Now is a good time to recognize that in addition to being an important part of our community, we also have something important to say in support of Boulder’s future.

What should you do?

Look for your ballot in the mail (this is a mail-only ballot election). Educate yourself on the ballot issues and the candidates and vote by returning you mail ballot. These candidates influence Boulder’s future so you should influence which candidates win.

Please vote and consider supporting candidates — like Andrew Shoemaker — who understand our issues and support our innovation culture in Boulder.

This is worth taking time out of your day and making your voice heard.

October 20th, 2013     Categories: Entrepreneurship, General    

Wanted – Colorado-based Entrepreneur to Pitch My Me at Class

I co-teach a class at the University of Colorado Law School called “VC 360.”  We have MBA, Engineering and JD candidates and the course deals with all things in the entrepreneurial / venture ecosystem.

Each year, we have a pitch day where one entrepreneur comes in and pitches me.  The students get to watch.  The entrepreneur and I get an hour together and then the students get to ask questions for 20 minutes.

This is a real pitch.  It’s not any different than if someone comes to our offices, but there is a “studio audience.”

So if you are interested in pitching Foundry Group and want to do something great for the Boulder education community, let me know.  I can only take one.

The pitch date is 10/7 at 8am in Boulder.

September 11th, 2013     Categories: Education, Entrepreneurship, Financings, Venture Capital    

The “VC Bargain”

With the recently announced acquisition of our portfolio company MakerBot, the conversation invariably turns to “was this the best time for the company to sell?”

It’s a question that is asked every time a company sells and it usually creates a lot of noise by people whose opinions are usually misinformed and even more so, irrelevant.  The question is asked over and over and over again:  “When is the correct time for a startup to sell itself?”

The answer is simple:  “When the founders want to sell.”

Period.

Unfortunately, many investors do not feel this way.  Clearly, a VC can be very helpful in advising the founders about past experiences, the current state of the M&A market and their thoughts around valuations, but when the founders want to sell, it’s time to sell the company.  Who are we to tell the founders that they aren’t allowed to fulfill their dreams and create an event that will change their lives?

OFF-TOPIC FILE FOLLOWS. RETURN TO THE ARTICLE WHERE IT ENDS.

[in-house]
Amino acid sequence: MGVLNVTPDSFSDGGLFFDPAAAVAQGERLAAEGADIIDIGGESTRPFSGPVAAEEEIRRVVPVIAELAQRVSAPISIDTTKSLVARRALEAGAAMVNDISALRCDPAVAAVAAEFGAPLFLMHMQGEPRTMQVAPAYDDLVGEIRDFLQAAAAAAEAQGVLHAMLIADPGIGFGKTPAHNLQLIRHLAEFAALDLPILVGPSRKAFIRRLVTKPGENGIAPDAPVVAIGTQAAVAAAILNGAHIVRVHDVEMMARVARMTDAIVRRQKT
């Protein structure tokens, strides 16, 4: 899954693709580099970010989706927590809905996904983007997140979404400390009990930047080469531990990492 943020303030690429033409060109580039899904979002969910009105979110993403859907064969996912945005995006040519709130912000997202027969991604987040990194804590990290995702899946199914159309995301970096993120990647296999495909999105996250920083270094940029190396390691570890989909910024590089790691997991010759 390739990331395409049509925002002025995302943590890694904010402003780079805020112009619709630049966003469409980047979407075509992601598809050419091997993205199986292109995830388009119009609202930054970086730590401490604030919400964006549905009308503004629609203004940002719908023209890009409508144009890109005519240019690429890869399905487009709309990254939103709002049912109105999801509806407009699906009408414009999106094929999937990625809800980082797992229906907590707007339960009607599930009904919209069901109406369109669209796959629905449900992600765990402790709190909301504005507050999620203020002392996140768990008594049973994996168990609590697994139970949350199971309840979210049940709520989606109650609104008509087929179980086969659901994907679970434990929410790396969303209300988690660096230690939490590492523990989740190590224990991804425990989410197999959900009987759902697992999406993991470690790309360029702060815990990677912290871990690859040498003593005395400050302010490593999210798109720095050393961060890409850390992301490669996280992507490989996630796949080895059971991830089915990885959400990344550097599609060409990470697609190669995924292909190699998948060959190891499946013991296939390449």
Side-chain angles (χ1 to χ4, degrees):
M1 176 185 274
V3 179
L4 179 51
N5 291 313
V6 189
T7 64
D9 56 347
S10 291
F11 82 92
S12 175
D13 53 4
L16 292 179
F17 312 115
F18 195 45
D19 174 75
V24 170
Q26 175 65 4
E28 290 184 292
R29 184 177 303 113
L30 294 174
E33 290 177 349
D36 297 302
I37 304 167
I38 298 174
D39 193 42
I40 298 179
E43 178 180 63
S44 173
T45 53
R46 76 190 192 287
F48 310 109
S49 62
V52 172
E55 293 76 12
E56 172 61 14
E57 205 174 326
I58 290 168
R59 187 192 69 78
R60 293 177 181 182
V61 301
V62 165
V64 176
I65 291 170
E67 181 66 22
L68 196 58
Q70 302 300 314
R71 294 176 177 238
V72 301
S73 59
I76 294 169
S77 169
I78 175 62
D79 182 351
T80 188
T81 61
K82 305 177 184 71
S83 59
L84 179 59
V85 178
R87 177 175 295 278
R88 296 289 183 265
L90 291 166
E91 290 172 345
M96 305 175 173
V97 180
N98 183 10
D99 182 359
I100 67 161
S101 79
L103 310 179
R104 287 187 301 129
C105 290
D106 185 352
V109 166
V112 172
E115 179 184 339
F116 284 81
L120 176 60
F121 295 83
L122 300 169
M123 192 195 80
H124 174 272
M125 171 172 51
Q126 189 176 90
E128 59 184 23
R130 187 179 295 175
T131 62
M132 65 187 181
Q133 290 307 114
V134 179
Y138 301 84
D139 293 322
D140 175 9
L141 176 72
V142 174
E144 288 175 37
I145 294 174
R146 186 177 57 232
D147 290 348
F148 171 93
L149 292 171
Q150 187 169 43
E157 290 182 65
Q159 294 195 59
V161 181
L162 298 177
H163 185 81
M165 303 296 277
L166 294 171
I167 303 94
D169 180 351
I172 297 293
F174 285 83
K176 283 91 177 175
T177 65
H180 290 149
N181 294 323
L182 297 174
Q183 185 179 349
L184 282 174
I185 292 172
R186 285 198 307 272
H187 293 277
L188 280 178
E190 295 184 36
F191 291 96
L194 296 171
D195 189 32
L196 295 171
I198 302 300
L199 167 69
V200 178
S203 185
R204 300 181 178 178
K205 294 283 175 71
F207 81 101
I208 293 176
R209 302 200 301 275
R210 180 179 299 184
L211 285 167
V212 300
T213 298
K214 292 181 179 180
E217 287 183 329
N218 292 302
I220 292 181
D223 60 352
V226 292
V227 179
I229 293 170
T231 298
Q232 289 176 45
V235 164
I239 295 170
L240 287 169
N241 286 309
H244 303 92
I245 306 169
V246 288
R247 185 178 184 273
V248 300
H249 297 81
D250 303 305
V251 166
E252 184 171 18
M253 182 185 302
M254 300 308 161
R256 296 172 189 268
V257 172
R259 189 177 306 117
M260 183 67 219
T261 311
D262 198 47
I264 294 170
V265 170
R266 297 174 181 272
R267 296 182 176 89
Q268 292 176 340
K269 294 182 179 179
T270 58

Brad and I have written a lot about venture term sheets.  (Plug:  buy our book!).  One thing we haven’t written about, however, is what we call “The VC Bargain.”

We believe this “bargain” is inherently created when VCs invest in a company.  And no, this isn’t in the legal documents, but should be part of a mutual understanding by both parties.  (Note, however, we’ve seen some VCs and many late stage funds actually try to draft into the documents at what valuations founders may sell at and we find this practice distasteful).

If a VC is playing for a longer / bigger outcome, then it is the responsibility of the investor to create some financial liquidity for the founders and employees that makes them feel secure.  The situation we hate is one where the founders and employees receive nothing except the message “no, you can’t sell, keep running the business.”

But this isn’t solely as one-way bargain.  If you take venture money, you have a duty as well.  You have a duty to actually work toward a liquidity event.

From time to time, we’ve encountered entrepreneurs who really aren’t interested in selling their company.  This has been expressed both explicitly “I have no intentions of ever selling my company” to more implicitly whereby an entrepreneur continually finds fault with potential buyers (“I hate their culture,” “I don’t like big companies,” etc.).

Few companies can expect to go public.  Therefore, the acquisition market is the only way for investors to create proceeds to return to their limited partners.  And everyone should know that our job is to take our investors money, invest it and return a lot more money to them.   Without acquisitions, we can not do this.